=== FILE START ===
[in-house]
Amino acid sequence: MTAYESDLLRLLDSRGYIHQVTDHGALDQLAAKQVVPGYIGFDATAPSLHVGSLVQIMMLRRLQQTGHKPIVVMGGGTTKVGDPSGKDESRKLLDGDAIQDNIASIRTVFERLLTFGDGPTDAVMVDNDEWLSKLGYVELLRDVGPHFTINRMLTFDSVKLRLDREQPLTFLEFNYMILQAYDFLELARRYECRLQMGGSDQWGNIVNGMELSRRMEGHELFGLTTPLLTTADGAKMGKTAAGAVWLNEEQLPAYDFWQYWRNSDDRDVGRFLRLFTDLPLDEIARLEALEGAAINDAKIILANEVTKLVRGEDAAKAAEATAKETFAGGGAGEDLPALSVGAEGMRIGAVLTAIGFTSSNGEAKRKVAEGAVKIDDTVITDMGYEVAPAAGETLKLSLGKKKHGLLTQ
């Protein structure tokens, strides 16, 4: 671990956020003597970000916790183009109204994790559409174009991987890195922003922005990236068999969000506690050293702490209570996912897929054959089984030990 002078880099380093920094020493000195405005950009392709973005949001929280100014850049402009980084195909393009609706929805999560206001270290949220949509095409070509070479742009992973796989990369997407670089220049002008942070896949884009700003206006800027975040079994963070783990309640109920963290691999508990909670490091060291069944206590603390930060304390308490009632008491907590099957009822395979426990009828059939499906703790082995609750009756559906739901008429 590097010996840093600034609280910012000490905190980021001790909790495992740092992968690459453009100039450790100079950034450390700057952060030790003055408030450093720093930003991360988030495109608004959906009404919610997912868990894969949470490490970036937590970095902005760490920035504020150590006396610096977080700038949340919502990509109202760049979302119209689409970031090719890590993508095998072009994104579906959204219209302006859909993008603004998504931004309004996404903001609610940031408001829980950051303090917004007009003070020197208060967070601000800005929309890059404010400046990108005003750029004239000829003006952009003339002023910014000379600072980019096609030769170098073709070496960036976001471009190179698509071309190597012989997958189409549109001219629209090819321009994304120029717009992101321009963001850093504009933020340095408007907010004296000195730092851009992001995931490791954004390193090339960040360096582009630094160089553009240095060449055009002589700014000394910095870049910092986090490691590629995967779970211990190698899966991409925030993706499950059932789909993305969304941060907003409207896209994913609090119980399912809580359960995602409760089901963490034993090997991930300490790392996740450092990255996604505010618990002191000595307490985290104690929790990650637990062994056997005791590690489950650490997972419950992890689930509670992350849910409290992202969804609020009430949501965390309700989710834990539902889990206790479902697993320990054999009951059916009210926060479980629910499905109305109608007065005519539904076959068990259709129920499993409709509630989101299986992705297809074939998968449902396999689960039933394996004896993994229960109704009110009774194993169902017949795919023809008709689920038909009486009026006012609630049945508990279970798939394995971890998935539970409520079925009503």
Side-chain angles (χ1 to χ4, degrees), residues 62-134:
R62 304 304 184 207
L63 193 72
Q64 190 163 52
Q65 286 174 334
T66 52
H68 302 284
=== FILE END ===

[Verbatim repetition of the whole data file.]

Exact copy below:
[in-house]
Amino acid sequence: MTAYESDLLRLLDSRGYIHQVTDHGALDQLAAKQVVPGYIGFDATAPSLHVGSLVQIMMLRRLQQTGHKPIVVMGGGTTKVGDPSGKDESRKLLDGDAIQDNIASIRTVFERLLTFGDGPTDAVMVDNDEWLSKLGYVELLRDVGPHFTINRMLTFDSVKLRLDREQPLTFLEFNYMILQAYDFLELARRYECRLQMGGSDQWGNIVNGMELSRRMEGHELFGLTTPLLTTADGAKMGKTAAGAVWLNEEQLPAYDFWQYWRNSDDRDVGRFLRLFTDLPLDEIARLEALEGAAINDAKIILANEVTKLVRGEDAAKAAEATAKETFAGGGAGEDLPALSVGAEGMRIGAVLTAIGFTSSNGEAKRKVAEGAVKIDDTVITDMGYEVAPAAGETLKLSLGKKKHGLLTQ
């Protein structure tokens, strides 16, 4: 671990956020003597970000916790183009109204994790559409174009991987890195922003922005990236068999969000506690050293702490209570996912897929054959089984030990 002078880099380093920094020493000195405005950009392709973005949001929280100014850049402009980084195909393009609706929805999560206001270290949220949509095409070509070479742009992973796989990369997407670089220049002008942070896949884009700003206006800027975040079994963070783990309640109920963290691999508990909670490091060291069944206590603390930060304390308490009632008491907590099957009822395979426990009828059939499906703790082995609750009756559906739901008429 590097010996840093600034609280910012000490905190980021001790909790495992740092992968690459453009100039450790100079950034450390700057952060030790003055408030450093720093930003991360988030495109608004959906009404919610997912868990894969949470490490970036937590970095902005760490920035504020150590006396610096977080700038949340919502990509109202760049979302119209689409970031090719890590993508095998072009994104579906959204219209302006859909993008603004998504931004309004996404903001609610940031408001829980950051303090917004007009003070020197208060967070601000800005929309890059404010400046990108005003750029004239000829003006952009003339002023910014000379600072980019096609030769170098073709070496960036976001471009190179698509071309190597012989997958189409549109001219629209090819321009994304120029717009992101321009963001850093504009933020340095408007907010004296000195730092851009992001995931490791954004390193090339960040360096582009630094160089553009240095060449055009002589700014000394910095870049910092986090490691590629995967779970211990190698899966991409925030993706499950059932789909993305969304941060907003409207896209994913609090119980399912809580359960995602409760089901963490034993090997991930300490790392996740450092990255996604505010618990002191000595307490985290104690929790990650637990062994056997005791590690489950650490997972419950992890689930509670992350849910409290992202969804609020009430949501965390309700989710834990539902889990206790479902697993320990054999009951059916009210926060479980629910499905109305109608007065005519539904076959068990259709129920499993409709509630989101299986992705297809074939998968449902396999689960039933394996004896993994229960109704009110009774194993169902017949795919023809008709689920038909009486009026006012609630049945508990279970798939394995971890998935539970409520079925009503």
Side-chain angles (χ1 to χ4, degrees), residues 62-134:
R62 304 304 184 207
L63 193 72
Q64 190 163 52
Q65 286 174 334
T66 52
H68 302 284